5 highly effective ways to manage high-functioning anxiety

5 highly effective ways to manage high-functioning anxiety

We’ve all met a ”seemingly” flawless person at some stage – that guy or girl who seems to have it all together. 

They usually arrive at work fifteen minutes early, impeccably dressed and not a strand of hair out of place.

These individuals rarely call in sick, and their work projects are delivered perfectly and on time.

It would be almost impossible for people to notice that this perfect alliteration of a person also suffers from a condition called high-functioning anxiety since everything about a high functioning person may seem helpful, successful and present.

Anxiety symptoms

Anxiety disorders

According to the Centre for Addiction and Mental Health (CAMH) 1 in 5 Canadians experience a mental illness or addiction problem

High-functioning anxiety or functioning anxiety does not get classified as a mental health condition; it falls under the umbrella of ”anxiety” and refers to people who may live with anxiety but can function reasonably well in many aspects of their life.


People with high functioning anxiety may notice that their stress encourages them to excel even further, whether through work achievements or personal triumphs.

Those suffering from functioning anxiety may find that their condition drives them forwards rather than leaving them crippled with fear. 

A high functioning person may seem like a successful, calm, and in control individual on the surface, but they are often incredibly anxious and insecure underneath it all.


The symptoms associated with high-functioning anxiety present in many ways – they include:

  • People-pleasing
  • Poor sleep (too much sleep or not enough)
  • Racing thoughts that make it difficult for you to switch off and relax
  • Overly busy due to an inability to say no to other people’s demands or requests
  • The use of alcohol and substances to cope
  • Feeling anxious or upset when your routine gets disrupted
  • Overthinking and getting plagued by unhelpful thoughts such as ”I’m not enough for ”I’m a failure”.
  • Being driven by anxiety and not ambition
  • Keeping it together on the surface but struggling on the inside
  • Working long hours and as a result, you feel burnt out
Anxiety disorder up close

Anxiety disorder up close

Since high-functioning anxiety does not get classified as a diagnosed condition, it can often be challenging for sufferers and the people around them to understand this type of anxiety disorder.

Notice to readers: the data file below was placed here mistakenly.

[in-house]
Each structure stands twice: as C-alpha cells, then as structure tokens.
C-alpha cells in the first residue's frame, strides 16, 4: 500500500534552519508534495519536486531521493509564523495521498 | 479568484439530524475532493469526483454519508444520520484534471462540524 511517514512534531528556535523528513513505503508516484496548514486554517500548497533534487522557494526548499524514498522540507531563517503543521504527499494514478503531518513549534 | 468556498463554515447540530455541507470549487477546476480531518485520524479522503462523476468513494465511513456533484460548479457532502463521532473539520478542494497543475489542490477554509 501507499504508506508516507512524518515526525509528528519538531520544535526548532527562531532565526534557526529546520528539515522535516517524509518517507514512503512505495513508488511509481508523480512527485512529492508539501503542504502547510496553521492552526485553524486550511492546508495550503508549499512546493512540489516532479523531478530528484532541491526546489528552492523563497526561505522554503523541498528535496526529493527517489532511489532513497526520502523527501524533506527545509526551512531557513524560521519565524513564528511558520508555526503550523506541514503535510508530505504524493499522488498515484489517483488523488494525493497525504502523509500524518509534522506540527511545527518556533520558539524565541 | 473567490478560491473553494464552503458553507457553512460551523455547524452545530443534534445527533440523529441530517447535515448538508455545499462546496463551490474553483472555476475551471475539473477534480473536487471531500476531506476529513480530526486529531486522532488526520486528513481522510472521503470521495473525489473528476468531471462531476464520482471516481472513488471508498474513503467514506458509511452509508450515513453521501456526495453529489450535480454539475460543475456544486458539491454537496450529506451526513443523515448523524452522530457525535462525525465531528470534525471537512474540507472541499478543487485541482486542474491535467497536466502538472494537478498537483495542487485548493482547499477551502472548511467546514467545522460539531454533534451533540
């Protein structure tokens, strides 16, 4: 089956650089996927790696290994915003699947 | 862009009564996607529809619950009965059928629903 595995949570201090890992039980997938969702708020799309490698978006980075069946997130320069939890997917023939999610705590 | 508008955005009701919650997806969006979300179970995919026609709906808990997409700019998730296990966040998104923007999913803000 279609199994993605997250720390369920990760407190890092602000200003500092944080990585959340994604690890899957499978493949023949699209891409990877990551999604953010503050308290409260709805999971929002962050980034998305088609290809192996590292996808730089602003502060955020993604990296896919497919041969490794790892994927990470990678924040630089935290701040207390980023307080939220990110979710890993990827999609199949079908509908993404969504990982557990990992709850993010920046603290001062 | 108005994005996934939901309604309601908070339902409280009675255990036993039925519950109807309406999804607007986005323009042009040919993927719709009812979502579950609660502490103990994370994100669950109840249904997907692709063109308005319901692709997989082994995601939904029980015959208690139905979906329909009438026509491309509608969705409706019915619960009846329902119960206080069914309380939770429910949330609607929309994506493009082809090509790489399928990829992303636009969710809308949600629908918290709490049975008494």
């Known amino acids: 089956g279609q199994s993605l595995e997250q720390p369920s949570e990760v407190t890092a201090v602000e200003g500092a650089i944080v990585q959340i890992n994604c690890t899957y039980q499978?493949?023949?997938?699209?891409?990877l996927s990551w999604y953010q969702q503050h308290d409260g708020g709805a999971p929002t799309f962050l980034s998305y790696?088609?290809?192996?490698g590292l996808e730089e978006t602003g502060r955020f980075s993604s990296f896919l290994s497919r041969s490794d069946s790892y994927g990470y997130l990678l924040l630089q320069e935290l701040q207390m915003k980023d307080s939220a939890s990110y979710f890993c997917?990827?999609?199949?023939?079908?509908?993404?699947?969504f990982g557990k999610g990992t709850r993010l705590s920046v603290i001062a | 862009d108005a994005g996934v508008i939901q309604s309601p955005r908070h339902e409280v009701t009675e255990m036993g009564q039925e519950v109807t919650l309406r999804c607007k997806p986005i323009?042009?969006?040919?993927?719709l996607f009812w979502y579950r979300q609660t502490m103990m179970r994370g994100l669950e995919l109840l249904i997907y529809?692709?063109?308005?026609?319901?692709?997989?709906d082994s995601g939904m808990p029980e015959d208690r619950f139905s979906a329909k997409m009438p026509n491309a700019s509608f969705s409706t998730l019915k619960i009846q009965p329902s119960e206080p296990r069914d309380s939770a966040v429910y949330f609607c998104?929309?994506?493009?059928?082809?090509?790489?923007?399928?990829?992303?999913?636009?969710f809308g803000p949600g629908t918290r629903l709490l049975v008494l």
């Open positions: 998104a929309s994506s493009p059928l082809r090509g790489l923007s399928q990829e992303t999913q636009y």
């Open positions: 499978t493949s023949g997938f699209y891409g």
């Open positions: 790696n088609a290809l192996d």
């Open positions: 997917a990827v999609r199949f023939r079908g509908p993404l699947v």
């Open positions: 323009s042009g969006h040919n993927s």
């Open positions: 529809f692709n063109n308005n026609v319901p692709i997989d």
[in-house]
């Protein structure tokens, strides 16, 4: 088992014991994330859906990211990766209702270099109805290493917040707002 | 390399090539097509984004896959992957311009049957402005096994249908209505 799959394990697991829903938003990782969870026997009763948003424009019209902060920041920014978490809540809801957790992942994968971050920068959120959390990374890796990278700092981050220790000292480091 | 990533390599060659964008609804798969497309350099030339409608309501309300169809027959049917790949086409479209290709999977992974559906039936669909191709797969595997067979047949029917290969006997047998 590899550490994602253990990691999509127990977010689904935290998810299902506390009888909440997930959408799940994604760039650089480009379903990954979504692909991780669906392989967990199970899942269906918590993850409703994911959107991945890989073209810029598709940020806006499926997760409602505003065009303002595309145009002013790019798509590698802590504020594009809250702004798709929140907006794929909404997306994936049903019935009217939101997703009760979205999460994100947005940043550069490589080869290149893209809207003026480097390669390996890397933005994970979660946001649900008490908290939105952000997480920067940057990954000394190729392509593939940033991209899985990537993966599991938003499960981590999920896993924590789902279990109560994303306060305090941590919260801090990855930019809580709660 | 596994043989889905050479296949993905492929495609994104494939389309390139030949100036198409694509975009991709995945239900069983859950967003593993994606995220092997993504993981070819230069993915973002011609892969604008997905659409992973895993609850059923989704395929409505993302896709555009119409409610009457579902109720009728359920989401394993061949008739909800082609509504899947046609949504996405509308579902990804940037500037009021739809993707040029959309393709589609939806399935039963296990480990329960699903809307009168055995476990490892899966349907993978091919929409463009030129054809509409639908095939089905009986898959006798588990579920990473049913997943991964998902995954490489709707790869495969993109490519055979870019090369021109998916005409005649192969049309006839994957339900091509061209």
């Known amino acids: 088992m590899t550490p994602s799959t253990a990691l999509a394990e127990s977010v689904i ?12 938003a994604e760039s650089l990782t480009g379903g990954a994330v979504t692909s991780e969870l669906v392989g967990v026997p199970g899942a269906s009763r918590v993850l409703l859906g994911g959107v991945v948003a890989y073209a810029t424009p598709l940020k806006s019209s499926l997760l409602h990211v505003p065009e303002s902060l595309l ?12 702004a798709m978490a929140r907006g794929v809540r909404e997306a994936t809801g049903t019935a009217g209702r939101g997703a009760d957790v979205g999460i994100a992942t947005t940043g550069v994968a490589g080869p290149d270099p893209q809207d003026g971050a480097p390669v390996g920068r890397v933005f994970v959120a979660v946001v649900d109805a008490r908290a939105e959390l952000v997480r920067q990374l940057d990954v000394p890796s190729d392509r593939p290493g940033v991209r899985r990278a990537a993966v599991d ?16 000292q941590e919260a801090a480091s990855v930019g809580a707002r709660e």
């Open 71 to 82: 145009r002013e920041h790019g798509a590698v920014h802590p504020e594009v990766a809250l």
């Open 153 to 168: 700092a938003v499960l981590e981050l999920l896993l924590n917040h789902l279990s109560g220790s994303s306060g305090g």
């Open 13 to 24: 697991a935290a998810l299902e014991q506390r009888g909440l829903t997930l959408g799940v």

Anxiety symptoms

People with general anxiety tend to exhibit a whole range of mental and physical symptoms that are slightly easier to identify, such as:

  • Fast breathing
  • Trembling
  • Racing heart and racing thoughts
  • Nervousness and feeling on edge
Feeling stressed


Those with high functioning anxiety may fly under the radar because even though the symptoms can be incredibly unpleasant, they are not always obvious.

Co-workers, family and friends may believe that a person with high functioning anxiety is super confident, booming, and together – they can never do enough and are incredibly helpful, resourceful and dependent.

But underneath all that helpfulness and burning ambition is a constant churn of stress and high functioning anxiety.

People with high functioning anxiety tend to push themselves to the brink, working long hours and hardly ever taking time off work.

Often, the ”hidden casualties” – high functioning anxiety sufferers tend to suffer intensely because their condition allows them to perform and function (whereas many other anxiety disorders leave many people debilitated).


Surprisingly, there are some benefits to having a mental health condition such as high functioning anxiety – mainly when you and the people around you observe the successes and outcomes that often get achieved because of the disease.

On a surface level, you may seem happy, optimistic and goal-oriented in both work and your personal life, but these characteristics usually get evaluated through the lens of achievement.

Positive traits

Positive traits and lifestyle characteristics of people living with high functioning anxiety include;

  • Punctual and dependable (always arriving early for appointments)
  • Proactive and organized
  • High-achieving
  • Active
  • Helpful
  • Tidy and orderly
  • Outgoing – always telling jokes, happy, smiles and laughs a lot
  • Appears calm and collected on the surface
  • In control of their feelings and behaviour